“Concerning this salvation, the prophets who prophesied about the grace that was to be yours searched and inquired carefully, inquiring what person or time the Spirit of Christ in them was indicating when he predicted the suffering of Christ and the subsequent glories. It was revealed to them that they were serving not themselves but you, in the things that have now been announced to your through those who preached the good news to you by the Holy Spirit sent from heaven, things into which angels long to look.” (1 Peter 1:10-12)
Peter begins his letter about suffering well by reminding suffering Christians of the wonderful blessings they have. Keeping the eternal reward at the forefront of our mind will help put the temporary suffering in perspective. Chief among these blessings is the salvation of our soul (1:9). But Peter is not content to merely mention salvation and move on. He wants disciples to realize how long this plan of salvation has been in the works and how many beings have longed to know the full gospel story. 1 Peter 1:10-12 won’t allow us to take God’s plan of salvation for granted.
The Old Testament prophets foretold of the grace and salvation Christians receive through Christ. But while those prophets predicted certain elements of Christ’s work, death, and glory, they only had inklings of what has now been fully revealed to you and me in the New Testament! The gospel that you and I have received in the New Testament is the culmination of centuries of prophecy. Sometimes we envy the ancient Israelites who witnessed miracles and personally knew the great prophets. But Peter says it’s the other way around—the prophets would have loved to know what you and I do about God’s plan. And if that’s not exciting enough for you, Peter tells us that angels have longed to look into these things. We shouldn’t envy what angels have seen and known because they envy what we know!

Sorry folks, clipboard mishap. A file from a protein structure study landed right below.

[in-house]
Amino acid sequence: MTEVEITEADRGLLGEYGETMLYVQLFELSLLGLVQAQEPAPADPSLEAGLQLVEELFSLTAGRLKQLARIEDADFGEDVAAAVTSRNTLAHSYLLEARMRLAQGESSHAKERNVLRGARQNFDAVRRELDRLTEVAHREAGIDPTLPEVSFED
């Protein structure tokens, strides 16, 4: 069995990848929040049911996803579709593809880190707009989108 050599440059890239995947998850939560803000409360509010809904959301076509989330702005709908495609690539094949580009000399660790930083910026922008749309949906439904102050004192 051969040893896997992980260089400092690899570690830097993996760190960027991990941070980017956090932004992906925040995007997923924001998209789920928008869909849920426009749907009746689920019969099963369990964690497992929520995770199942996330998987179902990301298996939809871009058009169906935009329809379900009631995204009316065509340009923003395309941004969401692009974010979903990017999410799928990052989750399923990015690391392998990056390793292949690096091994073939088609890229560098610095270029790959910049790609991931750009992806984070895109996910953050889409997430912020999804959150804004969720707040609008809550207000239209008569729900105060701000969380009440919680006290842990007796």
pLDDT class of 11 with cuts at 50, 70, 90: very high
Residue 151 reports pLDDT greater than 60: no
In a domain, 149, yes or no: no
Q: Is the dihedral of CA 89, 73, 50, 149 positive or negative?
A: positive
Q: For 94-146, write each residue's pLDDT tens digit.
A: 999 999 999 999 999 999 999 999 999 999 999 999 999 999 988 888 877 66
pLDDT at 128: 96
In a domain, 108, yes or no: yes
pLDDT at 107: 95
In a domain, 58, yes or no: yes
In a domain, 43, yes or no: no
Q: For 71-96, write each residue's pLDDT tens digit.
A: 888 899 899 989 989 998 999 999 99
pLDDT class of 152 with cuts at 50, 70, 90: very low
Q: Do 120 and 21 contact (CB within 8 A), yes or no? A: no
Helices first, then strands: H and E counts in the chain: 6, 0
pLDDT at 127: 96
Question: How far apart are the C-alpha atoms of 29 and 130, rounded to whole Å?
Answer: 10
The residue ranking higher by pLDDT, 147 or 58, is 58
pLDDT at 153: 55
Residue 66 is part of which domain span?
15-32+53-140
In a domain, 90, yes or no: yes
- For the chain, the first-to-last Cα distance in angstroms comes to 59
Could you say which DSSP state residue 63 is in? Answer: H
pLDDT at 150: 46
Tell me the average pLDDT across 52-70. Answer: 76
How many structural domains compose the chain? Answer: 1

Peter is telling disciples not take the gospel story for granted. We are recipients of a plan, message, and story that has been unfolding for thousands of years. We are characters in a great story of redemption and the characters from the earlier chapters desperately wished to know how it would end. We are recipients of blessings that God has been working out over thousands of years. That means when we open our Bibles to read and study them, we don’t do it to make a list of “no no’s,” to fill time in a Bible class, or to merely get fodder for religious debates. When we open our Bibles, we enter into God’s story and find our place in it.
We maintain hope, excitement, and zeal in difficult times by looking beyond the current grievance toward the epic story of what God is doing in human history. The prophets and angels would have loved to know what you and I do!